Supreme Court Justice Antonin Scalia delivered an off-the-bench opinion on graduation addresses Thursday, drawing laughter and applause as he criticized cliches that don’t work during a commencement speech at an all-girls Catholic school.
“My problem with these platitudes is not that they are old and hackneyed, but that a lot of them are wrong,” Scalia said, standing before 79 graduates and hundreds of relatives and friends in the main gymnasium at Bethesda’s Stone Ridge School of the Sacred Heart.
Scalia’s appearance came as his granddaughter Megan graduated with the Class of 2015 from the independent Catholic school. Adding to the star power of the occasion was her classmate Katie Ledecky, the record-breaking swimmer and Olympic gold medalist.
As they and others listened, Scalia parsed a litany of stock phrases, melding them with his own advice. He first took issue with the oft-expressed sentiment that “we face unprecedented challenges.”
“Class of 2015, you should not leave Stone Ridge High School thinking that you face challenges that are at all, in any important sense, unprecedented,” he said. “Humanity has been around for at least some 5,000 years or so, and I doubt that the basic challenges as confronted are any worse now, or alas even much different, from what they ever were.”
Scalia — dressed in a suit and tie — took on other bits of advice, too, including, “To thine own self be true.”
“Now this can be very good or very bad advice, depending on who you think you are,” he said, as laughter rippled through the crowd.
He also turned some age-old sayings on their head.
“Never compromise your principles,” Scalia said, “unless of course your principles are Adolf Hitler’s, in which case you would be well advised to compromise them as much as you can.”
Scalia’s speech came in morning ceremonies that included a heartfelt address by the class valedictorian, Nora Gosselin, and a Taylor Swift song — “Long Live” — performed by the class. The graduates wore long white dresses of their own choosing instead of caps and gowns.
Ledecky was among those who received an award, recognized for her citizenship and Christian service.
In his speech, Scalia said that modern society encourages the idea that “believing deeply in something, following that belief, is the most important thing a person can do.”
“It is much less important how committed you are than what you are committed to,” Scalia said. “If I had to choose, I would always take the less dynamic, indeed even the lazy person, who knows what’s right rather than the zealot in the cause of error.”
He told graduates that it was their responsibility “not just to be zealous in the pursuit of your ideals, but to be sure that your ideals are the right ones, not merely in their ends, but in their means. That is perhaps the hardest part of being a good human being. Good intentions are not enough. Being a good person begins with being a wise person. Then when you follow your conscience, you will be headed in the right direction.”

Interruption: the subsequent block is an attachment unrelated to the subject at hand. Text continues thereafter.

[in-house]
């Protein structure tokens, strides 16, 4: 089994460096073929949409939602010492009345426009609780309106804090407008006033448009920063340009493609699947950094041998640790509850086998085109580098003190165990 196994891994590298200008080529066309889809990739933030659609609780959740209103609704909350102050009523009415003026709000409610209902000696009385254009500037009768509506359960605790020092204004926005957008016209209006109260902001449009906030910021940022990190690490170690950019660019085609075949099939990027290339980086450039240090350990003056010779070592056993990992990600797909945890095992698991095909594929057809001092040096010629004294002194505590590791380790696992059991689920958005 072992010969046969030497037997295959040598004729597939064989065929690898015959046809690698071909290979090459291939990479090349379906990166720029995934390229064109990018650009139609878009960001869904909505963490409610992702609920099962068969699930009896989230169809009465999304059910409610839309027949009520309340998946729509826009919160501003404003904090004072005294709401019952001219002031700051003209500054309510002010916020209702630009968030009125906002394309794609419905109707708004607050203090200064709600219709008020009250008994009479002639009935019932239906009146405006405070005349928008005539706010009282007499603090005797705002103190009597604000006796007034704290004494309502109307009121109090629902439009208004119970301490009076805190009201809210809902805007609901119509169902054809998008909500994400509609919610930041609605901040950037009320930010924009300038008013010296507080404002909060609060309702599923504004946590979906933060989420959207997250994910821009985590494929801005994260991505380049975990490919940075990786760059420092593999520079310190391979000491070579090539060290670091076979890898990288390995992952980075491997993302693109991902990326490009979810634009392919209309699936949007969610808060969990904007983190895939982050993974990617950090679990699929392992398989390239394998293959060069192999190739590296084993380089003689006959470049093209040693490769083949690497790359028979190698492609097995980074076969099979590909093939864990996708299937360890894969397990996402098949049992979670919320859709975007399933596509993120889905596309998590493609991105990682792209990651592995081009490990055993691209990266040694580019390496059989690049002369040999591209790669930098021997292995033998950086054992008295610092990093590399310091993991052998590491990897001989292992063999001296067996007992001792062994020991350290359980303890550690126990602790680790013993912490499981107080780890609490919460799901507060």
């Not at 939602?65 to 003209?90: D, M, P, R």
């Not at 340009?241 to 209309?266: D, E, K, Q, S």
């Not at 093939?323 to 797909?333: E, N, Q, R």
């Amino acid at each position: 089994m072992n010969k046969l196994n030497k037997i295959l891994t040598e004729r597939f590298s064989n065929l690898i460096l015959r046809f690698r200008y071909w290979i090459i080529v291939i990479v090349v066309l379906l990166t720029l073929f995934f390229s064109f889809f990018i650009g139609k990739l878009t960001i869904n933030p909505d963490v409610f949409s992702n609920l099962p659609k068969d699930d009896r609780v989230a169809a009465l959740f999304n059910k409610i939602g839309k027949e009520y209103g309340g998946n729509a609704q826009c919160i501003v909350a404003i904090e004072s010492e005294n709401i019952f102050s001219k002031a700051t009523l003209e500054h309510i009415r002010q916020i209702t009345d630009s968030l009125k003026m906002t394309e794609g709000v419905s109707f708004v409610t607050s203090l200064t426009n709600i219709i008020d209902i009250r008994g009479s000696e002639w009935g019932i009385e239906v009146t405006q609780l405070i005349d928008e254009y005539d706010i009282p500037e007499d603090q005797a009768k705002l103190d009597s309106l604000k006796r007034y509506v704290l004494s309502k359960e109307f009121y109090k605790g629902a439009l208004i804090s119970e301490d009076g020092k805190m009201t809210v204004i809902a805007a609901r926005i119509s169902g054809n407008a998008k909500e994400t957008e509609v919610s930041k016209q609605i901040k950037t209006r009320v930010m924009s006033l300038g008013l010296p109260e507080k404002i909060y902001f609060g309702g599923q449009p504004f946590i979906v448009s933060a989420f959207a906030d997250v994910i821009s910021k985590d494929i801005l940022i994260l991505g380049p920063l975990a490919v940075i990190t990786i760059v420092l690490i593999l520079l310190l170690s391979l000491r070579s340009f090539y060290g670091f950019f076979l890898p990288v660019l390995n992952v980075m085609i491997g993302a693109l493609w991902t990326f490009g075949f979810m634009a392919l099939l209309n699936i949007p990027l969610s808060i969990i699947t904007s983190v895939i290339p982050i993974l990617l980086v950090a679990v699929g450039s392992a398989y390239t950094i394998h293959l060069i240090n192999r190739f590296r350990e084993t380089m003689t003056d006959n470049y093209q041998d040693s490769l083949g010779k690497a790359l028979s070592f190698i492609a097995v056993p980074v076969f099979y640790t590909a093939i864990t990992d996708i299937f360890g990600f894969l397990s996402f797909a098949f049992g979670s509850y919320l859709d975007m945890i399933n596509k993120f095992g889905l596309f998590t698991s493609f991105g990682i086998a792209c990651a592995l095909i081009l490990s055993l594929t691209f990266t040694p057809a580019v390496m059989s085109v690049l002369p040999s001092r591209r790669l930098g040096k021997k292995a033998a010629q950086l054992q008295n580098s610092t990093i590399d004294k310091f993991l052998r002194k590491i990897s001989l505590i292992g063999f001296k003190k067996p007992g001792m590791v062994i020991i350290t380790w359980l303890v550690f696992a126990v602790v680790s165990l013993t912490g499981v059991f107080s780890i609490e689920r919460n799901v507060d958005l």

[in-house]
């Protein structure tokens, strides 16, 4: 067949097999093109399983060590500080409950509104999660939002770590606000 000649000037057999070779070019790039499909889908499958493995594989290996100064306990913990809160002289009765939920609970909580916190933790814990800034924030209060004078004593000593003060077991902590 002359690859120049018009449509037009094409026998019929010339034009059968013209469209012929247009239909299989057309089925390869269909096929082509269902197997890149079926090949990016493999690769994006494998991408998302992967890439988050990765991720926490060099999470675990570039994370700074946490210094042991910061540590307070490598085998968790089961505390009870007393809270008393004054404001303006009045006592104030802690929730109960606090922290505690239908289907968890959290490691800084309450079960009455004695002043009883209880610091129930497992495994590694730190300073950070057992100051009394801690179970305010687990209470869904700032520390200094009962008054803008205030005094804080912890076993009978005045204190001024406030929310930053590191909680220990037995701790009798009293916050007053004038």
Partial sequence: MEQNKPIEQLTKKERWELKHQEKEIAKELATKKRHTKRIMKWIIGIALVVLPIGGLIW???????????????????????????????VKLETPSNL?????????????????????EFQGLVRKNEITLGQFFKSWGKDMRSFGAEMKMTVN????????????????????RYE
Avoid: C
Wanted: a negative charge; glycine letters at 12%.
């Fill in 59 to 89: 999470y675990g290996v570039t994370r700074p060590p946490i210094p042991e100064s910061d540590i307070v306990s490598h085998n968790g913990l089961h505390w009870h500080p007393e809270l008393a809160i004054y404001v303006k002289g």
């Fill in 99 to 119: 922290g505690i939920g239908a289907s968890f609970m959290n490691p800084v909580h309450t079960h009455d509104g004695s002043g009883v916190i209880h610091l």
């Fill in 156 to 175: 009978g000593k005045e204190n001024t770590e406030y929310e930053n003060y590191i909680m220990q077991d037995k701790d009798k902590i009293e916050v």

Scalia, who was appointed by President Ronald Reagan and is known for his conservative views, is the longest-serving justice on the current court. Scalia has nine children and 36 grandchildren and is Catholic.
“Thirty-six is a lot of graduations,” he said as he opened his remarks.
After the ceremony, parents and graduates lauded the speech.
Graduate Grace Hwang said she admired Scalia’s intelligence and enjoyed his address. “It was a new way of looking at it,” she said of his take on platitudes. “He gave such great insight.”
Marianne Prendergast, whose daughter Maggie graduated Thursday, said she thought that Scalia “offered the girls very practical advice and bits of wisdom they could take with them.” She noted that it might not be the last time a Supreme Court justice speaks at a Stone Ridge graduation: Scalia has another granddaughter at the school, and the daughter of Chief Justice John G. Roberts Jr. also attends Stone Ridge, a spokeswoman said.
As Scalia ended his remarks, he mentioned one other graduation cliche: That this is not an end, it is a beginning.
“I want to tell you that is not true,” he said. “There is no more significant rite of passage in our society, no more abrupt end to a distinct age of your life, than the graduation from high school and the departure from home that soon follows.”
He told the young women that they would soon be off on their own, away from parents who love and supervise them.
“From here on, you are much more than you have ever been — I’m groping for a platitude to convey the thought — captains of your own ship. Masters of your own destiny. Your moral formation, what makes you a good person or a bad one, a success in all that matters or a failure, is now pretty much up to you.”
The 79-year-old justice told the teenagers that he had high hopes for them. “Good luck,” he said. “And let’s see, I had one last platitude around here somewhere. Oh, yes: The future is in your hands.”